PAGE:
Friday, February 4, 2011

Georgia Dusk

First off, it is important to note the setting of the poem. Given that we know the author is an African American writer, the poem is set in a Georgia town probably consisting mostly of African American residents. The poem takes place during the sunset, probably when people are coming home from their jobs. This was probably a time when families would come together and spend time at home with one another. One of the most interesting things about this poem is the use of auditory language. The author uses melodious tone throughout the poem such as “folk-songs” (line 8), “singing” (20), “caroling” (line 24), etc… There are many more examples that support the author’s use of musical language. To follow along with this analysis, the rhyme scheme consists of “ABBA” and continues throughout the poem. This shows that the melody is consistent throughout the poem. The poem also has 7 stanzas and I actually did a little bit of research online and found that the diatonic scales in music contain 7 different notes and I thought this may have related to the melodious tone throughout the poem.
Now you may ask yourself, well then why does the author use this type of language or musical references throughout the poem? I thought about the Narrative of the Life of Frederick Douglass. In Douglass’s narrative he explains that slaves liked to sing, whether it was for communication or for pure enjoyment. I thought this was interesting because slaves were unable to receive an education and music was something that had a large impact in their lives. So I thought that maybe Toomer structured this poem around that idea to show that music was a very important part of African American life during slavery. This interpretation makes more sense to me because it shows that slaves did certain things to keep their minds occupied during difficult times. The author wants the reader to understand that “songs” were an important symbol in the life of a slave and this is what Frederick Douglass also emphasized in his narrative.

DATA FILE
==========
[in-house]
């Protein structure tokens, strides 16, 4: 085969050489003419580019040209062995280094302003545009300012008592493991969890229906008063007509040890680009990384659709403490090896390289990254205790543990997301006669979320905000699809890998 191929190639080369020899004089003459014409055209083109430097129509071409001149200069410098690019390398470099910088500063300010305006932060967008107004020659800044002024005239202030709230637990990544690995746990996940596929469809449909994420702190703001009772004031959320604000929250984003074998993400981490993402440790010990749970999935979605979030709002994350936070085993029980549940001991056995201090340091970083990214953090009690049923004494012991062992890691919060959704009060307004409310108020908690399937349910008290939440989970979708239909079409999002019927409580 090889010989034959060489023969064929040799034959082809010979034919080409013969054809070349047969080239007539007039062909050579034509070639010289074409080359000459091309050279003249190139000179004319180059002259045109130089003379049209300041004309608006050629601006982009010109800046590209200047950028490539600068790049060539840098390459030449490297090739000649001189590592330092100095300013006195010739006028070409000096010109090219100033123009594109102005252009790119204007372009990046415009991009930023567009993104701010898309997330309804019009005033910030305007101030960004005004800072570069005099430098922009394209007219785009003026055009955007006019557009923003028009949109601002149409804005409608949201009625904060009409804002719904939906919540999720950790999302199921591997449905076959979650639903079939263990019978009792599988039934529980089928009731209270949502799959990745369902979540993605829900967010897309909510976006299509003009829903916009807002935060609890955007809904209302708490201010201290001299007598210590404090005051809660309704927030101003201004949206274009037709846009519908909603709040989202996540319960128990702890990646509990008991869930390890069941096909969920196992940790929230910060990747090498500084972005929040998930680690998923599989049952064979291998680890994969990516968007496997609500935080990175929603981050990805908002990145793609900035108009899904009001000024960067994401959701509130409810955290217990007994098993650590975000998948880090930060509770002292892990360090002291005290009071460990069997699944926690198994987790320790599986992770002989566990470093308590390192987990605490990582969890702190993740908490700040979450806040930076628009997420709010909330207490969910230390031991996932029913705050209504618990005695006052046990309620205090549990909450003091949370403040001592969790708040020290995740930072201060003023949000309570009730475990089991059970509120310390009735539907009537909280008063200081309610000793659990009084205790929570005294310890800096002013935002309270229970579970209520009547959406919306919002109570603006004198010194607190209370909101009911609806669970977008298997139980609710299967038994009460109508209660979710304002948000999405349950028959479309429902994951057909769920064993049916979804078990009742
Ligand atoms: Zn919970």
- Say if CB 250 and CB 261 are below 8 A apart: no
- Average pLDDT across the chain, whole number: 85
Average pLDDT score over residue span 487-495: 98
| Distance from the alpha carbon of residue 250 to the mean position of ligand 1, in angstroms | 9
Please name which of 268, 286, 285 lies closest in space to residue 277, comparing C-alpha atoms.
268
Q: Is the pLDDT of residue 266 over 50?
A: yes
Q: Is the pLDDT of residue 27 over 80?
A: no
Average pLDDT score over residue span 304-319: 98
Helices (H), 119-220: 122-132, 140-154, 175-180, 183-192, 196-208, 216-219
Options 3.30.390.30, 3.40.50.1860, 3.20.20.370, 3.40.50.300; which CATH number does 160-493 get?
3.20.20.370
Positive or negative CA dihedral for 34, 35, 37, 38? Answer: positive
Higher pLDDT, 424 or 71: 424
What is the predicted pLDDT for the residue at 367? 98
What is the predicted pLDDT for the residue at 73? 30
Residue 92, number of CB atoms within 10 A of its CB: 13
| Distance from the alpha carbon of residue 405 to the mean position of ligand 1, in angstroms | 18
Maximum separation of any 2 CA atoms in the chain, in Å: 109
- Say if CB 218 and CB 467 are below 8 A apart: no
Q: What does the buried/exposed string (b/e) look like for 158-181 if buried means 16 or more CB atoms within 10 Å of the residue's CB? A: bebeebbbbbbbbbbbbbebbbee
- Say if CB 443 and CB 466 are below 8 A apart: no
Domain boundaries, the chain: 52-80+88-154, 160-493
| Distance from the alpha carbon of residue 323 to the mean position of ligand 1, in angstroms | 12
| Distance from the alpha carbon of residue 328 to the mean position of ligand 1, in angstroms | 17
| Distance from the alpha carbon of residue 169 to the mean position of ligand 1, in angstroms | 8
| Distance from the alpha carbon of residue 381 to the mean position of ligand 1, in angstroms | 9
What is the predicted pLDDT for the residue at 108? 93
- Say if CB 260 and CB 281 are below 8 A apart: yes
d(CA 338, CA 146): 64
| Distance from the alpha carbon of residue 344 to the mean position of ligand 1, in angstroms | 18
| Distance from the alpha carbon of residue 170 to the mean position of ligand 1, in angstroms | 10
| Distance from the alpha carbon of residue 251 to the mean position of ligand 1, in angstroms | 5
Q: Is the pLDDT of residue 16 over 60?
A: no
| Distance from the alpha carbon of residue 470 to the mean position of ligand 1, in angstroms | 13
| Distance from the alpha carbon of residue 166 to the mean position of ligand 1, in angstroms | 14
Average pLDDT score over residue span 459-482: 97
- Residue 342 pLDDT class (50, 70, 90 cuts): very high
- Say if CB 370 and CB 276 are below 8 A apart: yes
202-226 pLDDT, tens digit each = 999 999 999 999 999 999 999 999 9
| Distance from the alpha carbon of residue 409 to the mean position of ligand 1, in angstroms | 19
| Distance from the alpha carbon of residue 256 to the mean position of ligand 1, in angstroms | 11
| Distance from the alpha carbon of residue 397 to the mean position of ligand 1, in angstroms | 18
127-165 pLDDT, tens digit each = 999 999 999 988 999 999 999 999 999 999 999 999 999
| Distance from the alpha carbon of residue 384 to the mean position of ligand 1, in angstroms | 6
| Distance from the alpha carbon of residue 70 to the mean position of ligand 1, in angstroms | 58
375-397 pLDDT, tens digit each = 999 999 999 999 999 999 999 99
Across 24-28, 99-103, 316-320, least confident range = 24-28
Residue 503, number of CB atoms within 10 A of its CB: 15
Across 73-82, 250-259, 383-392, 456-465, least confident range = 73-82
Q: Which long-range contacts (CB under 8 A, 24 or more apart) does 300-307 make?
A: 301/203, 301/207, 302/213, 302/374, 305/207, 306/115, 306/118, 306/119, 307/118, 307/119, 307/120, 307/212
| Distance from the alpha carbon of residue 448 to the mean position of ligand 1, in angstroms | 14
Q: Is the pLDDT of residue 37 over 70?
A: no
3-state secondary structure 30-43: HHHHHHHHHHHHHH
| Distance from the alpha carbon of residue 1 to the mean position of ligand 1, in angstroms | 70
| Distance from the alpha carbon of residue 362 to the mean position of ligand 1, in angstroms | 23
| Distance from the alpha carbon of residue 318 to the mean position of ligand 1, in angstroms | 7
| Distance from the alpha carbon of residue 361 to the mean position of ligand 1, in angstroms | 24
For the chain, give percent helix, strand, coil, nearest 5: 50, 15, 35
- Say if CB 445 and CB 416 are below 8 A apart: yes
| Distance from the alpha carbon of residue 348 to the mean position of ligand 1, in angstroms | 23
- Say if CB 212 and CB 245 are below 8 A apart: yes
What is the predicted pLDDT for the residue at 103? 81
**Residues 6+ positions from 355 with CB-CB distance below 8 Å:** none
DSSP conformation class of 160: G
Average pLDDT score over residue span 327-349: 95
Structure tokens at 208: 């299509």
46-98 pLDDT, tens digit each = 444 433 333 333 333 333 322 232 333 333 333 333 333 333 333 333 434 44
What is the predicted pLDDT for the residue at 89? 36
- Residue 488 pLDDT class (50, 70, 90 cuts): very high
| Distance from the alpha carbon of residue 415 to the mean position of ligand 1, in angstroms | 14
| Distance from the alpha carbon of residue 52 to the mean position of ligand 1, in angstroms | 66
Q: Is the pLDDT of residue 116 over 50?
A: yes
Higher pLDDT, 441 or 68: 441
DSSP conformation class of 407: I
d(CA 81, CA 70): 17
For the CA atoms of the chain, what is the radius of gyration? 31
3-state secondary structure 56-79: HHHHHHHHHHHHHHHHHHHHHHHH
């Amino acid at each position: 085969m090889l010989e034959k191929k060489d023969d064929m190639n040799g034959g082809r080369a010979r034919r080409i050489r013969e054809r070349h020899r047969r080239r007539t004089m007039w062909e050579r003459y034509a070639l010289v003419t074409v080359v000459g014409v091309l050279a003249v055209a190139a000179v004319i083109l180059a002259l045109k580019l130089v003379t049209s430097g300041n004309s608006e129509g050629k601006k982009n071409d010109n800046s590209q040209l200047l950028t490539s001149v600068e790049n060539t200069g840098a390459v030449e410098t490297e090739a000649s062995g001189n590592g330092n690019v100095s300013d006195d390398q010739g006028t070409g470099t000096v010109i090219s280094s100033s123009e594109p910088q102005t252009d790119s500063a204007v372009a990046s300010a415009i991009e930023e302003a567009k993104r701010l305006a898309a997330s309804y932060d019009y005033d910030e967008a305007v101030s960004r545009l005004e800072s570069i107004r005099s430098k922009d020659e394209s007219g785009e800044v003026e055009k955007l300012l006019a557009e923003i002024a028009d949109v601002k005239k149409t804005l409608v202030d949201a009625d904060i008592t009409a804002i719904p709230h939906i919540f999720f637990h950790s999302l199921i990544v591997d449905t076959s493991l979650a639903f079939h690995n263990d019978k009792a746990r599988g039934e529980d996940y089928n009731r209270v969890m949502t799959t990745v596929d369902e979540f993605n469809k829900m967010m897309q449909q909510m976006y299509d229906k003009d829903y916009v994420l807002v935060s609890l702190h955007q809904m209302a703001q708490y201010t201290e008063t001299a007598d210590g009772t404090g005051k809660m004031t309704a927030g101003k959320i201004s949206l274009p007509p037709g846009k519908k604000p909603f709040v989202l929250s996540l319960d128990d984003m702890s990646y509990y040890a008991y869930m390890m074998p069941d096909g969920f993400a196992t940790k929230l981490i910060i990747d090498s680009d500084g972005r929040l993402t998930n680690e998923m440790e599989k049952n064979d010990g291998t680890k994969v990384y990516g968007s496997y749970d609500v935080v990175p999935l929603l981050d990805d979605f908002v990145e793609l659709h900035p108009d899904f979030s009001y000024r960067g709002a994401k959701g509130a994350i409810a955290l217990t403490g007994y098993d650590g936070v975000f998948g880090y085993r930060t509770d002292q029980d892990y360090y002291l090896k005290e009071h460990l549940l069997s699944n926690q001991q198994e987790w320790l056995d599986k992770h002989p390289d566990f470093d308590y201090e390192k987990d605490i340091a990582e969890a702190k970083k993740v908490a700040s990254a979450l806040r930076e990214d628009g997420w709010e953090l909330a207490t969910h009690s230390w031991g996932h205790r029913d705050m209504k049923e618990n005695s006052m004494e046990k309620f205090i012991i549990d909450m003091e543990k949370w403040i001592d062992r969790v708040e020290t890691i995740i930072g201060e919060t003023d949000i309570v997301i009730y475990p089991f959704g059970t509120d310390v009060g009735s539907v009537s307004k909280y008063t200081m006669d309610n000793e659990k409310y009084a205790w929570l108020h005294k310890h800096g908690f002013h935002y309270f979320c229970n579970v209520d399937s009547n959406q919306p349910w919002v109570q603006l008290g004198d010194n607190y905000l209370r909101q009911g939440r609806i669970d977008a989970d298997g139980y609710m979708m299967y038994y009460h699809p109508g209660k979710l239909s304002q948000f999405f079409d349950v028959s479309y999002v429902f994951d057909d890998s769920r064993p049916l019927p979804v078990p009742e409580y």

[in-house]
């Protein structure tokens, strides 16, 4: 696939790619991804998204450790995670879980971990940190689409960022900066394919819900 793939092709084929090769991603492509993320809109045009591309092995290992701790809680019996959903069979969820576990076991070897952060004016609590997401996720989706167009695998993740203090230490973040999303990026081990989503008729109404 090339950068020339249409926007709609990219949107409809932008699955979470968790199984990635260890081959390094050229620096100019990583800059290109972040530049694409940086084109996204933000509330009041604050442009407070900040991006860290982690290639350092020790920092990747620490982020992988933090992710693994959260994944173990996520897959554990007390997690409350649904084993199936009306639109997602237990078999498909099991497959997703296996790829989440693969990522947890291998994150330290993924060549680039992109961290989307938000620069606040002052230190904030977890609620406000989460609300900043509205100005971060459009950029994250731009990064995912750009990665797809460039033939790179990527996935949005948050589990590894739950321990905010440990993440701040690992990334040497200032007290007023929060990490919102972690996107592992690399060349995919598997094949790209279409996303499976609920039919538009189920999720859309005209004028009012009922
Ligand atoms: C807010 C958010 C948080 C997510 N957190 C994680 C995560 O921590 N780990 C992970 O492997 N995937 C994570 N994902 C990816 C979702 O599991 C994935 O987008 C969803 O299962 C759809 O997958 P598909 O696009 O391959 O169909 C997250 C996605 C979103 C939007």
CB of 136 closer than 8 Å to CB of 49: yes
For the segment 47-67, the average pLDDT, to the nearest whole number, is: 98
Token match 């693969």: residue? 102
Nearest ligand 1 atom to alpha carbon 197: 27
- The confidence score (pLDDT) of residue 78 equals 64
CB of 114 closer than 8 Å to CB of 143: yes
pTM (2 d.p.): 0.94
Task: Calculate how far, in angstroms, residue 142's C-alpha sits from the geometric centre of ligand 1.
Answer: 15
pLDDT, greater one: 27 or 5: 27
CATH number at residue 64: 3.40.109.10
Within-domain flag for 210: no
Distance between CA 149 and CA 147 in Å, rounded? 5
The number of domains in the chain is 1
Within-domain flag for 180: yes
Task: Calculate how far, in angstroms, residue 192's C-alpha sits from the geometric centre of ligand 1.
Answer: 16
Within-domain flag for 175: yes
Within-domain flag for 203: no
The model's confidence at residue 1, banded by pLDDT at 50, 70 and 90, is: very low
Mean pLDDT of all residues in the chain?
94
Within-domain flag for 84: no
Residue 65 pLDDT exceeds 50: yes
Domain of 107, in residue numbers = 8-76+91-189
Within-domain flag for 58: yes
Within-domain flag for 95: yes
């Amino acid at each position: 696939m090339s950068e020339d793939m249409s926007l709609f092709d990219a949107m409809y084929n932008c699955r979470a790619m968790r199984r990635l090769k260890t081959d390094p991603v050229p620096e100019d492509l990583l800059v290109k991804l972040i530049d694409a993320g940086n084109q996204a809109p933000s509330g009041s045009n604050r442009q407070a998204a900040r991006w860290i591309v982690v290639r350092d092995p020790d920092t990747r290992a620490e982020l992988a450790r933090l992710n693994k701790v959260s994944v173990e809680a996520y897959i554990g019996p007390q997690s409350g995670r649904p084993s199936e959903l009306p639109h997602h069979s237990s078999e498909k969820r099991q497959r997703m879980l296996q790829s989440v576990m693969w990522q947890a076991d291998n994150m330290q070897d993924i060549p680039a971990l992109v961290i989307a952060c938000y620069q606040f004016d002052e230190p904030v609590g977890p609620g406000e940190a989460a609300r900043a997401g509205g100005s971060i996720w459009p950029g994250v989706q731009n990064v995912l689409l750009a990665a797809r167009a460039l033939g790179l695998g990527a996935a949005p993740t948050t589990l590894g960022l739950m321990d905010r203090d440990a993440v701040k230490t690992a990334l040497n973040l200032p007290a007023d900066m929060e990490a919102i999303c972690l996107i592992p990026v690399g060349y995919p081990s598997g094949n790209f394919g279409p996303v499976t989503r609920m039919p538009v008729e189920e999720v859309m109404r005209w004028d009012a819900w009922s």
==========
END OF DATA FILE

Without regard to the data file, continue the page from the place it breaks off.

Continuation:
1. This is a solid analysis and interpretation of the poem "Georgia Dusk". I also agree with your beginning analysis of the setting and structure of the poem. The research you did really brings the structure of this poem to a new level of understanding. I never would have known about the musical aspect and structure of the musical scales. This would definitely provide the author a reason to write this poem with a musical background and structure. I also saw a small connection to the poem "Reapers", basically through the subject of the poem. These two poems I feel are a testament to the harsh realities of slavery. The author is able to provide a poetic structure to the poem that would mirror the singing of the African-Americans during the 19th century, and you do a great job of supporting those facts in your analysis. Great job!

  2. The musical comment is interesting, but the scales, althought the contain seven different notes, actually contain 8 tones, because the first note has to be repeated to complete the scale:


    So I'm not throwing your idea out at all, but I'm curious as to whether you think the possibility of an "incomplete" scale has anything do with the poem? An "incomplete" song, perhaps?